Description of iShares MSCI Chile ETF

iShares Inc. iShares MSCI Chile ETF

Statistics of iShares MSCI Chile ETF (YTD)

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TotalReturn:

'The total return on a portfolio of investments takes into account not only the capital appreciation on the portfolio, but also the income received on the portfolio. The income typically consists of interest, dividends, and securities lending fees. This contrasts with the price return, which takes into account only the capital gain on an investment.'

Applying this definition to our asset in some examples:
  • The total return, or performance over 5 years of iShares MSCI Chile ETF is -12.9%, which is lower, thus worse compared to the benchmark SPY (68.6%) in the same period.
  • Compared with SPY (51%) in the period of the last 3 years, the total return of -5.6% is smaller, thus worse.

CAGR:

'Compound annual growth rate (CAGR) is a business and investing specific term for the geometric progression ratio that provides a constant rate of return over the time period. CAGR is not an accounting term, but it is often used to describe some element of the business, for example revenue, units delivered, registered users, etc. CAGR dampens the effect of volatility of periodic returns that can render arithmetic means irrelevant. It is particularly useful to compare growth rates from various data sets of common domain such as revenue growth of companies in the same industry.'

Applying this definition to our asset in some examples:
  • The compounded annual growth rate (CAGR) over 5 years of iShares MSCI Chile ETF is -2.7%, which is smaller, thus worse compared to the benchmark SPY (11%) in the same period.
  • During the last 3 years, the annual performance (CAGR) is -1.9%, which is lower, thus worse than the value of 14.8% from the benchmark.

Volatility:

'Volatility is a rate at which the price of a security increases or decreases for a given set of returns. Volatility is measured by calculating the standard deviation of the annualized returns over a given period of time. It shows the range to which the price of a security may increase or decrease. Volatility measures the risk of a security. It is used in option pricing formula to gauge the fluctuations in the returns of the underlying assets. Volatility indicates the pricing behavior of the security and helps estimate the fluctuations that may happen in a short period of time.'

Using this definition on our asset we see for example:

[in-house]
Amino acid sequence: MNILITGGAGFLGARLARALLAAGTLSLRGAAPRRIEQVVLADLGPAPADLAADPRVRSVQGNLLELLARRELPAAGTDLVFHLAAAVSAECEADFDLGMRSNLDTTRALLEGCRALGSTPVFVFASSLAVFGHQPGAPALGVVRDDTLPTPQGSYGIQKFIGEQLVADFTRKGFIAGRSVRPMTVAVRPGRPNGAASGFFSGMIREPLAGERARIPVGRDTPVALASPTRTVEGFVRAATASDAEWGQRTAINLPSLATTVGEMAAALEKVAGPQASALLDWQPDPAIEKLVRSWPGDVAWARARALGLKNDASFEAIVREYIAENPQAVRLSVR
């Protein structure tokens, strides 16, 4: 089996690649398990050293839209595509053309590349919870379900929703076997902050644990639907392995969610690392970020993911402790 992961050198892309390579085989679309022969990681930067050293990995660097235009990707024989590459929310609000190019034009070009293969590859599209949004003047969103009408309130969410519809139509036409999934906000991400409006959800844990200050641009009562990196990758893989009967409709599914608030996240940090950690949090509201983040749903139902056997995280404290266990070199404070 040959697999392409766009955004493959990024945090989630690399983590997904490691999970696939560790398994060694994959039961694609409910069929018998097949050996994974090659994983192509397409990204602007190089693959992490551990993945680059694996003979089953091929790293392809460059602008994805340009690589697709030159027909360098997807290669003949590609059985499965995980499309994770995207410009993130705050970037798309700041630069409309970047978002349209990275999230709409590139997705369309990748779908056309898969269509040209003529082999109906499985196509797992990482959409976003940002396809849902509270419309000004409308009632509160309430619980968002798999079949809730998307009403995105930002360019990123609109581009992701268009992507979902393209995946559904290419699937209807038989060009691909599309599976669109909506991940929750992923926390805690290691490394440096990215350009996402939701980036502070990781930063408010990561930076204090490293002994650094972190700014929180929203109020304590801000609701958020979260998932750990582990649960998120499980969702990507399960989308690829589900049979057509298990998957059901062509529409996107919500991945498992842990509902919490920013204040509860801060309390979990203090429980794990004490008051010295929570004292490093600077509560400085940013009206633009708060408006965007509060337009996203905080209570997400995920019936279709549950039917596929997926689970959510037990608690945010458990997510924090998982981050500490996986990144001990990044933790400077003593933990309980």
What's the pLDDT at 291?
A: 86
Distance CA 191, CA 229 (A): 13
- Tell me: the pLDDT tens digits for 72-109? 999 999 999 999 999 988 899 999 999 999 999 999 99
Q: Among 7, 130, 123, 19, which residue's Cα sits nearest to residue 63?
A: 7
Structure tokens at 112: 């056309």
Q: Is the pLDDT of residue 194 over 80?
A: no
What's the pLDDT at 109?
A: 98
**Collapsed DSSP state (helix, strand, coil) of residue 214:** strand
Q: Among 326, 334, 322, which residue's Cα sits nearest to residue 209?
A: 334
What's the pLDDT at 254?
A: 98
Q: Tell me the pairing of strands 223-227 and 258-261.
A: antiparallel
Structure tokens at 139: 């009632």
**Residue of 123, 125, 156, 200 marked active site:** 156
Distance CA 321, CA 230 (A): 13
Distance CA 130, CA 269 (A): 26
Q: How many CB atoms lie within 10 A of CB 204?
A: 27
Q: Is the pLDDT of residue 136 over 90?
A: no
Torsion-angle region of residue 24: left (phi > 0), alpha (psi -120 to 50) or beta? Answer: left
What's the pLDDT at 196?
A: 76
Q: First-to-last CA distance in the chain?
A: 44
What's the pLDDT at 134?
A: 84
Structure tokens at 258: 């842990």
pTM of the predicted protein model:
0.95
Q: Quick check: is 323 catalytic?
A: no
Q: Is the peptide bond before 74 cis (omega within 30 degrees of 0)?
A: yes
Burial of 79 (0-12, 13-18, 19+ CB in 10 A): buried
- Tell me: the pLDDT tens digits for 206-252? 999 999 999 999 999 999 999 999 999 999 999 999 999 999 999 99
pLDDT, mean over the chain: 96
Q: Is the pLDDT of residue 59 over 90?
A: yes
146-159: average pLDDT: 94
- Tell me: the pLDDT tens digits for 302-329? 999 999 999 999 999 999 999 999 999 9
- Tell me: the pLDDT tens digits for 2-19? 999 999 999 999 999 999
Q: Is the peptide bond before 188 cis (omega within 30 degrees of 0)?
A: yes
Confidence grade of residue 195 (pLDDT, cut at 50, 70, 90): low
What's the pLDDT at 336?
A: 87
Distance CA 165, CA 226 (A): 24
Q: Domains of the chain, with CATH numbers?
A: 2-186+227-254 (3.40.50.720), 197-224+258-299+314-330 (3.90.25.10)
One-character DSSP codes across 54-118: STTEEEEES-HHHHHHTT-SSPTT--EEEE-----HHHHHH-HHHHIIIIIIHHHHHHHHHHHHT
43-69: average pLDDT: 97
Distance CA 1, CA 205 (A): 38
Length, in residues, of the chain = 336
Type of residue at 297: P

• The historical 30 days volatility over 5 years of iShares MSCI Chile ETF is 20%, which is higher, thus worse compared to the benchmark SPY (13.5%) in the same period.
  • During the last 3 years, the volatility is 20%, which is higher, thus worse than the value of 12.8% from the benchmark.

DownVol:

'The downside volatility is similar to the volatility, or standard deviation, but only takes losing/negative periods into account.'

Using this definition on our asset we see for example:
  • The downside volatility over 5 years of iShares MSCI Chile ETF is 19.5%, which is greater, thus worse compared to the benchmark SPY (14.9%) in the same period.
  • During the last 3 years, the downside deviation is 19.2%, which is greater, thus worse than the value of 14.7% from the benchmark.

Sharpe:

'The Sharpe ratio is the measure of risk-adjusted return of a financial portfolio. Sharpe ratio is a measure of excess portfolio return over the risk-free rate relative to its standard deviation. Normally, the 90-day Treasury bill rate is taken as the proxy for risk-free rate. A portfolio with a higher Sharpe ratio is considered superior relative to its peers. The measure was named after William F Sharpe, a Nobel laureate and professor of finance, emeritus at Stanford University.'

Applying this definition to our asset in some examples:
  • Looking at the Sharpe Ratio of -0.26 in the last 5 years of iShares MSCI Chile ETF, we see it is relatively lower, thus worse in comparison to the benchmark SPY (0.63)
  • Looking at risk / return profile (Sharpe) in of -0.22 in the period of the last 3 years, we see it is relatively lower, thus worse in comparison to SPY (0.96).

Sortino:

'The Sortino ratio, a variation of the Sharpe ratio only factors in the downside, or negative volatility, rather than the total volatility used in calculating the Sharpe ratio. The theory behind the Sortino variation is that upside volatility is a plus for the investment, and it, therefore, should not be included in the risk calculation. Therefore, the Sortino ratio takes upside volatility out of the equation and uses only the downside standard deviation in its calculation instead of the total standard deviation that is used in calculating the Sharpe ratio.'